Hundreds of First Nations members, Metis Elders and community leaders embarked on a 13-kilometre trek on Saturday, hoping to draw attention to negative aspects of development in the Fort McMurray area.

The event, which organizers say is not a protest, was put on by Keepers of the Athabasca. Participants say the region currently occupied by Suncor and Syncrude plants used to be their prime berry-picking and hunting ground.

"Mother earth needs our help to protect and heal the land and water that is being decimated by tar sands," said Cleo Reece, co-organizer of the walk, in a press release.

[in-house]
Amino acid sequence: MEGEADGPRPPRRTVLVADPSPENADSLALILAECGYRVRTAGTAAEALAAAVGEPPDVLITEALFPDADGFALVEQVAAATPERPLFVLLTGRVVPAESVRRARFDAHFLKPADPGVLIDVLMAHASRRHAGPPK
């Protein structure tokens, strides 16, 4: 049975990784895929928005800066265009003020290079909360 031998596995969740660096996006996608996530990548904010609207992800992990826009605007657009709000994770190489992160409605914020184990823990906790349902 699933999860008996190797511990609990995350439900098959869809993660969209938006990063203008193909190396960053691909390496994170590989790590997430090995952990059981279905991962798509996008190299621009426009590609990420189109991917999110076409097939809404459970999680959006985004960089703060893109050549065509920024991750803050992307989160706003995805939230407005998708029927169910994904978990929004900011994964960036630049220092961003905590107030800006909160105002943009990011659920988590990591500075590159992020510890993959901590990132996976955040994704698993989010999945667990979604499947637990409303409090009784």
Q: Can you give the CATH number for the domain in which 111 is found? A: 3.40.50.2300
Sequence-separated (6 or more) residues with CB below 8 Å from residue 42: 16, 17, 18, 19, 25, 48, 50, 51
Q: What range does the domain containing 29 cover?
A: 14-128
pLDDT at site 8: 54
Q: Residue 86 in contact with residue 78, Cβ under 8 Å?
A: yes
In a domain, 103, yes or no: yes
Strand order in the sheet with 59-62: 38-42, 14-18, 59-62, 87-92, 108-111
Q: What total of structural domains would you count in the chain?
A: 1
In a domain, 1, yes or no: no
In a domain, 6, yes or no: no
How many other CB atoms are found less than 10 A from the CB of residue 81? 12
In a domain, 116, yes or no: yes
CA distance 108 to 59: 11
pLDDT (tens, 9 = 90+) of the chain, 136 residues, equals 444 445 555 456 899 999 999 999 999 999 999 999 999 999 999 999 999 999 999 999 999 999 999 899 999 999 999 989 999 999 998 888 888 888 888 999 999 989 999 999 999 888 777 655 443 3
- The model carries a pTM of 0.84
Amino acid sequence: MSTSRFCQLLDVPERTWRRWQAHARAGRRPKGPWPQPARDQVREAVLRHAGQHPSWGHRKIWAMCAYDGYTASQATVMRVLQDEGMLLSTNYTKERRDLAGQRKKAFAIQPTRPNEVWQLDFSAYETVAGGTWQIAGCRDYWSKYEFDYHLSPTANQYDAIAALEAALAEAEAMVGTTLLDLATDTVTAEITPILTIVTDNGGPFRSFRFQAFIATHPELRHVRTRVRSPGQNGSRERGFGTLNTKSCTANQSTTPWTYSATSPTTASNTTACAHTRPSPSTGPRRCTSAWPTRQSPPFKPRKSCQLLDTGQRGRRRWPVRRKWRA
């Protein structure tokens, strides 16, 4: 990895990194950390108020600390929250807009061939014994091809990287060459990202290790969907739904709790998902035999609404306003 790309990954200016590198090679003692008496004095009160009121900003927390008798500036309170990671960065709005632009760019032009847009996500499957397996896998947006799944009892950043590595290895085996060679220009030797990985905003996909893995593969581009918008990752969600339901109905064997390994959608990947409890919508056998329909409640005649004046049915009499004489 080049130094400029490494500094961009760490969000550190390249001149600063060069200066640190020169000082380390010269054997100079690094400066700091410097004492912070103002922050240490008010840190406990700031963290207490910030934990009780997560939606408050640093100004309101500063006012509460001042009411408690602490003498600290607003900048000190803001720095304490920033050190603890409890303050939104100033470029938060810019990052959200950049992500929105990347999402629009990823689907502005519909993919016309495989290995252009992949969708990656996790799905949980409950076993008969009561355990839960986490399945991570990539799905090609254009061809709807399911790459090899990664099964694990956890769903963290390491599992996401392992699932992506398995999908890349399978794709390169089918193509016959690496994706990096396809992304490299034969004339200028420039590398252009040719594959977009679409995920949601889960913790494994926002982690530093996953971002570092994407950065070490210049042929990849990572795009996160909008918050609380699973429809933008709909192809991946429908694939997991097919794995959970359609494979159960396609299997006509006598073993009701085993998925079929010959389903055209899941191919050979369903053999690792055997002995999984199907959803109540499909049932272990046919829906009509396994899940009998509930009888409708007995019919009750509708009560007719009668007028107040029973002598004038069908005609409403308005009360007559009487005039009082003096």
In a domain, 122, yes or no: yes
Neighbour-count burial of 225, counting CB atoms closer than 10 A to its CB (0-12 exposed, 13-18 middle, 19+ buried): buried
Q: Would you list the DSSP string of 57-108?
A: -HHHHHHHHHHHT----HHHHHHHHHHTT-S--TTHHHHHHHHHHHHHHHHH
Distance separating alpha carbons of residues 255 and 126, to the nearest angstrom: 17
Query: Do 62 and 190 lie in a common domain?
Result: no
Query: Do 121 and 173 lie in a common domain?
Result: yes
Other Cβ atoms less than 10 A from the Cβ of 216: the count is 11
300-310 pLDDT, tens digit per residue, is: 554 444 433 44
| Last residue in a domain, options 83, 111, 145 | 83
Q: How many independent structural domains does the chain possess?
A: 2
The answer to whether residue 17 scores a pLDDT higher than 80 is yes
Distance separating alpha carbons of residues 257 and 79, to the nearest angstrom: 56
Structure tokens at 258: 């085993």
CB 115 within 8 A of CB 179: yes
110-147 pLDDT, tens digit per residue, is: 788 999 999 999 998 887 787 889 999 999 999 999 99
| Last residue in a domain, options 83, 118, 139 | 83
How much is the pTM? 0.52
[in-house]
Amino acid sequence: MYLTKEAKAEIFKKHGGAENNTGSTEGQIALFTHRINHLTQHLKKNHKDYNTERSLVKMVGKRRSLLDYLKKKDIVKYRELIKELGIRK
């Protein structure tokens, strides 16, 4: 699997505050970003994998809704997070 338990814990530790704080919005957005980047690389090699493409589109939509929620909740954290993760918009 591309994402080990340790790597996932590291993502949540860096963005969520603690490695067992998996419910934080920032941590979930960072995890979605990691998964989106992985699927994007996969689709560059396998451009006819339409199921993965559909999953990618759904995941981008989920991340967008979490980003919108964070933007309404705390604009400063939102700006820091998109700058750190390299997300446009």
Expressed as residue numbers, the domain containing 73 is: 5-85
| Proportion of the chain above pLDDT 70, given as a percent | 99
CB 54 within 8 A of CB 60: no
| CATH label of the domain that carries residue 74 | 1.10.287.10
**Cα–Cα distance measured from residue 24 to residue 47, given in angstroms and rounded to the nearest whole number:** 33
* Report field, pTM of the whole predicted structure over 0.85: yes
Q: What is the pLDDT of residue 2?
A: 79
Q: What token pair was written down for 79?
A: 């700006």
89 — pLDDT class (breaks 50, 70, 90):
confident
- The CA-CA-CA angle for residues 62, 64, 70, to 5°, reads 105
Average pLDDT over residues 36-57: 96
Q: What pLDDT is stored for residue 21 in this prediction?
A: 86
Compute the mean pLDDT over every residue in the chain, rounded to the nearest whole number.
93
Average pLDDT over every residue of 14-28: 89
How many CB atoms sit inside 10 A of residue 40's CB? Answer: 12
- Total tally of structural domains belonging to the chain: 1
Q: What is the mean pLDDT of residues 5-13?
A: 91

"We're walking to help heal what has been destroyed and to give each other the spiritual strength to carry on."

The group claims the oil sands are responsible for higher cancer rates, the death of many animals and extreme water pollution.

"As indigenous people we are caretakers of the earth and we need to work together to ensure the health and safety for next generation," said Reece.

This is the first annual healing walk organized by the group. Participants will end the event with a traditional feast in Fort McKay Saturday evening.